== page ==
The SEC wasn’t finished pillaging the ACC marketing department. South Carolina both beat and beat up Clemson, 34-17, ensuring that both participants in the ACC title game go into next weekend off an embarrassing loss and knocking C.J. Spiller out of the Heisman race for good. To be fair, this wasn’t entirely Spiller’s fault. He was particularly electric on an 88-yard kick-off return, the seventh of his career. But that was the lone highlight for Clemson.
Going back to the Revenge of the Land Grant theme, Mississippi State thwacked Ole Miss, 41-27. It was almost as if the favored Rebels had completely forgotten there was a game this week. Given that they are coached by Houston Nutt, that wouldn’t surprise me, quite frankly.
For good measure, Nawth Klina gacked away a chance for a nine-win season by losing to NC State, 28-27.
Pitt went into a super-charged senior night environment for the Backyard Brawl with West Virginia and left on the wrong end of a game-winning field goal as time expired. 19-16, Mountaineers in a game that lived up to its nickname.
Are we done yet? No. Turn the bright lights of success on the Oklahoma State Cowboys and watch what ensues. How about an ugly 27-0 beat down at the hands of the Oklahoma Sooners? So much for the Fiesta Bowl bid.
An ugly end for the two darkhorse poster children of 2009: Mississippi, Oklahoma State, please come back next year (albeit without your transcendent offensive skill players, yikes).
In the upset that wasn’t, LSU beat Arkansas 33-30 in a highly entertaining contest that may mark Jordan Jefferson’s maturity as a passer. No one, including me, liked LSU in this game. That’s what I get for doubting the power of the hat.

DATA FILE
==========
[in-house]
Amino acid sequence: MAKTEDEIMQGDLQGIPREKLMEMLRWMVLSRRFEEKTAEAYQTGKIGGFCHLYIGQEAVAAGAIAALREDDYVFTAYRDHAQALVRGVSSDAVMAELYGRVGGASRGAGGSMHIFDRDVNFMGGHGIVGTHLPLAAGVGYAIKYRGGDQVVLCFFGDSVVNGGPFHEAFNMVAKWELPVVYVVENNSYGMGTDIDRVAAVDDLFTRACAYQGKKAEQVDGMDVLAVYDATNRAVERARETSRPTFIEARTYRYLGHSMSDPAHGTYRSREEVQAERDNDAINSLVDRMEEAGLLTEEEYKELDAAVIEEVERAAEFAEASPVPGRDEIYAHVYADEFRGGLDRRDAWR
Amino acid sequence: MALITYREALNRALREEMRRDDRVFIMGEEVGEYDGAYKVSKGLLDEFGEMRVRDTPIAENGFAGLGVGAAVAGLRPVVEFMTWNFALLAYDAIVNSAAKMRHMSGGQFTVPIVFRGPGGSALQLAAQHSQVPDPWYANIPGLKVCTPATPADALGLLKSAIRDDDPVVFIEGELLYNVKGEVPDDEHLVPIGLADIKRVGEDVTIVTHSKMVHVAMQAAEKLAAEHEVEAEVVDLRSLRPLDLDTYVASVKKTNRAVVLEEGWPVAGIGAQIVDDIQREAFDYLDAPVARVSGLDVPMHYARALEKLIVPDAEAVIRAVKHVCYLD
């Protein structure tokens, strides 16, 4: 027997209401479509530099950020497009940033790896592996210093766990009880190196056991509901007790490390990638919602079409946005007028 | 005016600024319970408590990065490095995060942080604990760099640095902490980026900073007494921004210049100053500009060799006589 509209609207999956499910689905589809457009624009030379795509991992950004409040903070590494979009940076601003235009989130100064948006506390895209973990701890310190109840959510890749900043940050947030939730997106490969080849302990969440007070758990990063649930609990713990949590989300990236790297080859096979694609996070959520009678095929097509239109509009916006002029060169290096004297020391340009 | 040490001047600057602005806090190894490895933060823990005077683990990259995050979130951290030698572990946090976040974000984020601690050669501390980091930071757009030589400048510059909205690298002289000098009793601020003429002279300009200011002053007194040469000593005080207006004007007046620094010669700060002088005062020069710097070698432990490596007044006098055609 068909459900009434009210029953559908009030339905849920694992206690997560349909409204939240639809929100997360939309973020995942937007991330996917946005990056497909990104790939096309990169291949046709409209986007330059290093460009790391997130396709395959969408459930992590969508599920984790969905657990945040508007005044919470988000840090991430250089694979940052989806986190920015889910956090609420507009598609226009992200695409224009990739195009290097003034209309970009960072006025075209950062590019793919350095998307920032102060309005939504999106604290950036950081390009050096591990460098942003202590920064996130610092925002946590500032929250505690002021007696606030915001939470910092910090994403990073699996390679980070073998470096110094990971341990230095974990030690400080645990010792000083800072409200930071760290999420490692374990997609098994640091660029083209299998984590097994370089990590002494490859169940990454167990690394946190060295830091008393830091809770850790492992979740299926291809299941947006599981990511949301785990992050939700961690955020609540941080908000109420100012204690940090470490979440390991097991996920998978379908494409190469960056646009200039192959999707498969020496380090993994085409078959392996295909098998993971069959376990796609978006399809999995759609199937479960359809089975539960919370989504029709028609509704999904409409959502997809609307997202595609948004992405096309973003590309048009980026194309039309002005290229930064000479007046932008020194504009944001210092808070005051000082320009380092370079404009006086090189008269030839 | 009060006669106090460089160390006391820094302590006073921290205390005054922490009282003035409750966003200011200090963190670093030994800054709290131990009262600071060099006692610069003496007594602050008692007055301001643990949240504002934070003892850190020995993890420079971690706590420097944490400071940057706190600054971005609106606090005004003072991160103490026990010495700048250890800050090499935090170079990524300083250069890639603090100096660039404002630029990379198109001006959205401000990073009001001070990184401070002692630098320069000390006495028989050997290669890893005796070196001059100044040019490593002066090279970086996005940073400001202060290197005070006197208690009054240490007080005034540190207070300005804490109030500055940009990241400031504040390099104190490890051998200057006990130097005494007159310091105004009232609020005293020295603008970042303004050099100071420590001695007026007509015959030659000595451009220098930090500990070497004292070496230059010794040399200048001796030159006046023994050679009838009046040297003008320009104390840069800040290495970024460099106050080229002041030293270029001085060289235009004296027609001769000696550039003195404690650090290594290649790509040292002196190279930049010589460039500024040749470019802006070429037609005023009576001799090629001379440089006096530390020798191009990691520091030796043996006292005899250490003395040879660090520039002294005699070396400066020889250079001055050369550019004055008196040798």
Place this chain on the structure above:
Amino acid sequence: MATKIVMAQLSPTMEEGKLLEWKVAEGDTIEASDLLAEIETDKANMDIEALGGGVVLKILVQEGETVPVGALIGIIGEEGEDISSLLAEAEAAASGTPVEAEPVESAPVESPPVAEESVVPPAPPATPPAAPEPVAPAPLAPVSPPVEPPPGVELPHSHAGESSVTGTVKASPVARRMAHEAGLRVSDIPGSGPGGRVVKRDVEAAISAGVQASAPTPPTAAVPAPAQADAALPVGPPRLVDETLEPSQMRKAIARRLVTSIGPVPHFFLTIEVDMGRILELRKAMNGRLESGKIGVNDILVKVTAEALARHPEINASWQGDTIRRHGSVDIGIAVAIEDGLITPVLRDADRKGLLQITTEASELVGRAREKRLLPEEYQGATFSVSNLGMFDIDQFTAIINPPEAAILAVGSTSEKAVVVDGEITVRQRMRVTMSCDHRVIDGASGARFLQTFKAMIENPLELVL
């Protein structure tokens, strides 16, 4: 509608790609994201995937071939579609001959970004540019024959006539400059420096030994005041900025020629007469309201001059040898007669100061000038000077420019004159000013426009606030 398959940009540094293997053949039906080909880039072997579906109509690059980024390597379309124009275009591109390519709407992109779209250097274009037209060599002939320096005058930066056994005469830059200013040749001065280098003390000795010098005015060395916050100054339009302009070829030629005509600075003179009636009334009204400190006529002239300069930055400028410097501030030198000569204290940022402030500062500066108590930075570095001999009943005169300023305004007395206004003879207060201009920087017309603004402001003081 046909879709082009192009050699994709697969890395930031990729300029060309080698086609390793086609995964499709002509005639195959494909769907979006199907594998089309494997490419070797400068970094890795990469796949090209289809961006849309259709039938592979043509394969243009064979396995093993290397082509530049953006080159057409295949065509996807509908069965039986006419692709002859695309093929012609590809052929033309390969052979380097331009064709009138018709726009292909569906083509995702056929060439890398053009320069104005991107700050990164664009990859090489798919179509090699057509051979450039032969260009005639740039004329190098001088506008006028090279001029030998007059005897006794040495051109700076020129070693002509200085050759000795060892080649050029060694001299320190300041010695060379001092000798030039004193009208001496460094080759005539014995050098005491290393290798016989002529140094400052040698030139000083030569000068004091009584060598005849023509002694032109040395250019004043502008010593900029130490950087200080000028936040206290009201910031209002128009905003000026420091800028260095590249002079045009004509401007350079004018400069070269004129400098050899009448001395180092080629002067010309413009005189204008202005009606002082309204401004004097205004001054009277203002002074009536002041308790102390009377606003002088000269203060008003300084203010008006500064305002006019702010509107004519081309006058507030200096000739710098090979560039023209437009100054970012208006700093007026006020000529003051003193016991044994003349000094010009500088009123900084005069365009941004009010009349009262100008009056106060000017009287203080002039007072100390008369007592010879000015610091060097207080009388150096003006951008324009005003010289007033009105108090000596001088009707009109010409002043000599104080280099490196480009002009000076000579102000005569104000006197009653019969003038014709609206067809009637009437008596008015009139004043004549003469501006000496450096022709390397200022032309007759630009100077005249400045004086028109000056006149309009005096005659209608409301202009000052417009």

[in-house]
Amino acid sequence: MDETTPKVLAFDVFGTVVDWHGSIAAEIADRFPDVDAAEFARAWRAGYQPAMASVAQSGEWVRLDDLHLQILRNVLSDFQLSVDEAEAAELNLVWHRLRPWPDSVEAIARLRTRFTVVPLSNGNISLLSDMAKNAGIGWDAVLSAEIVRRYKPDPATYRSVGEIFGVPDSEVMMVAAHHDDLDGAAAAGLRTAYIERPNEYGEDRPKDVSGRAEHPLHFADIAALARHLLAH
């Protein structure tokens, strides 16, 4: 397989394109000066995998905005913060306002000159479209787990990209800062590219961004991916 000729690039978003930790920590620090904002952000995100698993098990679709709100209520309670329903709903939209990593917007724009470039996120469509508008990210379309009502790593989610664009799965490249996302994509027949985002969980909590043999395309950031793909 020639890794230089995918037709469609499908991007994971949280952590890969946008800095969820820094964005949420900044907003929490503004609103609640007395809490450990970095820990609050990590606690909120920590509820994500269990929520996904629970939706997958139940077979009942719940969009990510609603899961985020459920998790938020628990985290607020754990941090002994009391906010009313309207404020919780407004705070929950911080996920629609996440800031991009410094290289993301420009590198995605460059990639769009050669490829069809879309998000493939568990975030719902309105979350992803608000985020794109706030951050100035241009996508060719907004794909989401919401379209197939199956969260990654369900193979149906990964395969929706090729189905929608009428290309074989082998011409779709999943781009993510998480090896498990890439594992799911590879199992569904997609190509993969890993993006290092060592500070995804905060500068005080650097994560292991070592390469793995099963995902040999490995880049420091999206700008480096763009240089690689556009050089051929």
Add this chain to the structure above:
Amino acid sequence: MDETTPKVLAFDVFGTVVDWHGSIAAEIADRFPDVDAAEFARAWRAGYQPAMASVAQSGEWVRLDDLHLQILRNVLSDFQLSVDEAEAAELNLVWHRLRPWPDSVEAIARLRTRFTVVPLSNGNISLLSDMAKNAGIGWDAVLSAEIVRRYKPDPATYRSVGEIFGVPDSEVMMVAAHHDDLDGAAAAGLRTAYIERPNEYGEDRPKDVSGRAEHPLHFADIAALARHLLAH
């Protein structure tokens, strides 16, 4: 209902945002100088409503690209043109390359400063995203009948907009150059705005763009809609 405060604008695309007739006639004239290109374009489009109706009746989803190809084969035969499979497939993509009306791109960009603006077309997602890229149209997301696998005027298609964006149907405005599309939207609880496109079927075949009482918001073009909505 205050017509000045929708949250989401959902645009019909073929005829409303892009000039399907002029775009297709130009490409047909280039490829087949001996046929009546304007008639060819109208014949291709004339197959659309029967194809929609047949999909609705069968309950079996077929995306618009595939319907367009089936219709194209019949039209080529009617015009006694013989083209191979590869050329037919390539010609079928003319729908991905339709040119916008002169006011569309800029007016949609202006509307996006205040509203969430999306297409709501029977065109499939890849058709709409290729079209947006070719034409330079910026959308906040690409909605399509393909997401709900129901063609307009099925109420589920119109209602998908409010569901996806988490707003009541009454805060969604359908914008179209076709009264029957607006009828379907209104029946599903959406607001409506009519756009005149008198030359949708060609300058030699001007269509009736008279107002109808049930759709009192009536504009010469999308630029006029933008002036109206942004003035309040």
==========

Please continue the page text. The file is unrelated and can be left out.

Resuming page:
BYU won the Holy War with Utah, 26-23. Please hold the bigamy jokes.
No team of any consequence in the Big Ten played football this week. Contrast this with the Pac Ten, which played some high profile games on Saturday, including USC/UCLA (the Trojans won) and will play even more next week, including Oregon at Oregon State for the Rose Bowl berth on Thursday. All the while the Big Ten hibernates. Big Ten fans will note that the weather is a factor in this scheduling madness. Heaven forbid anyone play football in bad weather.
Stanford put Notre Dame out of their misery in a 45-38 shootout. Toby Gerhart, who is white and plays tailback (can’t we just say it?) for Stanford, ran for over 200 yards and threw a TD pass for good measure. He might well be a Heisman finalist.
Nebraska scored on offense, defense and special teams to slowly bleed the life out of Colorado, who is keeping Dan Hawkins, by the way. Huskers 28, Buffs 20. Big Red will head to Dallas to play Texas for the Big 12 title.
If Dr. Pepper targets the four-year-old demographic with their advertising, then they are certainly effective. This from the back seat on our drive home from Thanksgiving:
“He thinks he’s a doctor, but he’s really not. That’s funny. Right, momma?”
Yes, I guess it is sort of funny.
There were some clunkers this week. Take Houston, for example, who scored 59 points in the first half against Rice and John Jenkins wasn’t even in the building. Cougs 73, Owls 14.
Virginia Tech shellacked Al Groh and Rep Tie Nation, 42-13. Miami put it all together and slapped around a fading South Florida, 31-10.
All in all, this may have been the best week of the season and it seems like it was a long time coming.
The Championships await.
Impressive Showing of the Week: Mississippi State
6. Boise State
In a fairly bizarre distribution, there is not a single one-loss team that matters in college football. Six undefeateds, and everyone else has lost at least two. What are the odds? Better, what is the point of ranking anyone past six? If you made me go further, then I would offer up Oregon, which means, ironically, that Boise State owns the best victory among the top six. Ponder that.